Related to 2 Questions - Heating room air, and fuel combustion efficiency

1. How does heating room air affect fuel combustion efficiency?

Heating room air can have a significant impact on fuel combustion efficiency. When the air in a room is colder, it is more dense and contains more oxygen. This allows for more efficient and complete burning of fuel, resulting in higher combustion efficiency. Conversely, if the room air is warmer, it is less dense and contains less oxygen, which can lead to incomplete combustion and lower efficiency.

2. What factors can affect the heating efficiency of a room?

The heating efficiency of a room can be affected by several factors, including the insulation of the room, the type and efficiency of the heating system, the size and layout of the room, and the outdoor temperature. Other factors such as air leaks, ventilation, and the quality of the fuel being used can also impact the efficiency of heating a room.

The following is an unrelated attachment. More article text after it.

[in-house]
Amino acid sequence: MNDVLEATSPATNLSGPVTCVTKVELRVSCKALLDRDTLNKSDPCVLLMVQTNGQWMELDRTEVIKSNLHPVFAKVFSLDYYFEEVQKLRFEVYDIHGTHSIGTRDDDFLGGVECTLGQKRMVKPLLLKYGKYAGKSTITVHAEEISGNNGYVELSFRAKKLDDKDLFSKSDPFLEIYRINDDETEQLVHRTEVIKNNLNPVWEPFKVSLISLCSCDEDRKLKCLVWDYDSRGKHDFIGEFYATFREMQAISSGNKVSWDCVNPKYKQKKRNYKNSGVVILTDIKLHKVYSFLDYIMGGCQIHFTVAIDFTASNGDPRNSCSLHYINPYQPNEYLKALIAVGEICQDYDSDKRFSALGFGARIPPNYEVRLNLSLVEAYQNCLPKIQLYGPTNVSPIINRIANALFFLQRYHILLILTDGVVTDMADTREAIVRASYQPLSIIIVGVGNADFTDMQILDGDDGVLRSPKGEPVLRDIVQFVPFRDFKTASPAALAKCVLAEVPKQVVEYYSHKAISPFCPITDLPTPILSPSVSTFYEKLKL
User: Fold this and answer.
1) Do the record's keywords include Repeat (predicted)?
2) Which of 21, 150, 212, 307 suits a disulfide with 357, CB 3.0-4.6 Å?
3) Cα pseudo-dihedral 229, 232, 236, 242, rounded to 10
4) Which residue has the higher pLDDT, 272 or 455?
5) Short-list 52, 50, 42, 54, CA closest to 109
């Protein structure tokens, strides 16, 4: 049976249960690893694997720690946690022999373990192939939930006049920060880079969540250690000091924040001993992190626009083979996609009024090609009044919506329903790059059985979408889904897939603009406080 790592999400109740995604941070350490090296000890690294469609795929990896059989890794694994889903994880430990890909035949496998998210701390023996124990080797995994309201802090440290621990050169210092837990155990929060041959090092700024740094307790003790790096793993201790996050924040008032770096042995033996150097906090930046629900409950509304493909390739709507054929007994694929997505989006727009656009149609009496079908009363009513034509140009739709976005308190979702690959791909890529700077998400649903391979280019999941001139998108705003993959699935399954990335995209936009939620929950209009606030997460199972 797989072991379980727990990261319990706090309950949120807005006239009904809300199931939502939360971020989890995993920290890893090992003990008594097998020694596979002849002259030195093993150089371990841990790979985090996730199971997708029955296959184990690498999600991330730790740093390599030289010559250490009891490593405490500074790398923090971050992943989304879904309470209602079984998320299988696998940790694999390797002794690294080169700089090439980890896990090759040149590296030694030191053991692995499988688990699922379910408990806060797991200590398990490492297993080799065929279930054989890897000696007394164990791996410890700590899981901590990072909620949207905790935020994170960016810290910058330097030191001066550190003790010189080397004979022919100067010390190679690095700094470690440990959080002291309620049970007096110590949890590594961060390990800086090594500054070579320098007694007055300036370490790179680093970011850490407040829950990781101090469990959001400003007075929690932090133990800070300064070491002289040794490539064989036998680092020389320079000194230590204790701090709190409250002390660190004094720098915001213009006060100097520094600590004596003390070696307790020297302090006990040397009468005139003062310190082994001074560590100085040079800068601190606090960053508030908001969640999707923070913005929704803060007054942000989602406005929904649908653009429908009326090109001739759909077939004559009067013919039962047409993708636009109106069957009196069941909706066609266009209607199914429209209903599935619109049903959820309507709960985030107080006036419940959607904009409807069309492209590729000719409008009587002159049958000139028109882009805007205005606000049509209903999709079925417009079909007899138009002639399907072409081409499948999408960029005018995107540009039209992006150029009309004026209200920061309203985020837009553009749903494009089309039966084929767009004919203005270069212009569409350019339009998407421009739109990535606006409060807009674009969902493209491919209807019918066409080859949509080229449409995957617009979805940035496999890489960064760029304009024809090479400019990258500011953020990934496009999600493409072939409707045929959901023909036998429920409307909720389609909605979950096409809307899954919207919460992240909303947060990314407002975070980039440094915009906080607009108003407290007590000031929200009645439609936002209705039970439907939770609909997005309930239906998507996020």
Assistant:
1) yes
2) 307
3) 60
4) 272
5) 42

3. How can I improve the heating efficiency of a room?

There are several ways to improve the heating efficiency of a room. These include proper insulation to prevent heat loss, using a high-efficiency heating system, sealing air leaks, and ensuring proper ventilation. Additionally, using a programmable thermostat and setting it to lower temperatures when the room is not in use can also improve heating efficiency.

4. Is it more efficient to use a central heating system or a space heater?

The answer to this question depends on several factors, such as the size of the room, the type of heating system, and the cost of fuel. In general, a central heating system is more efficient for larger spaces, while a space heater may be more efficient for smaller spaces. It is important to consider the cost of running each system and to choose the most efficient option for your specific situation.

5. How can I calculate the combustion efficiency of my heating system?

The combustion efficiency of a heating system can be calculated by dividing the heat output by the fuel input. The result is then multiplied by 100 to get a percentage. For example, if a heating system produces 90,000 BTUs of heat and consumes 100,000 BTUs of fuel, the combustion efficiency would be (90,000/100,000) x 100 = 90%. It is important to note that this calculation may not take into account other factors that can affect heating efficiency, such as heat loss and air leaks.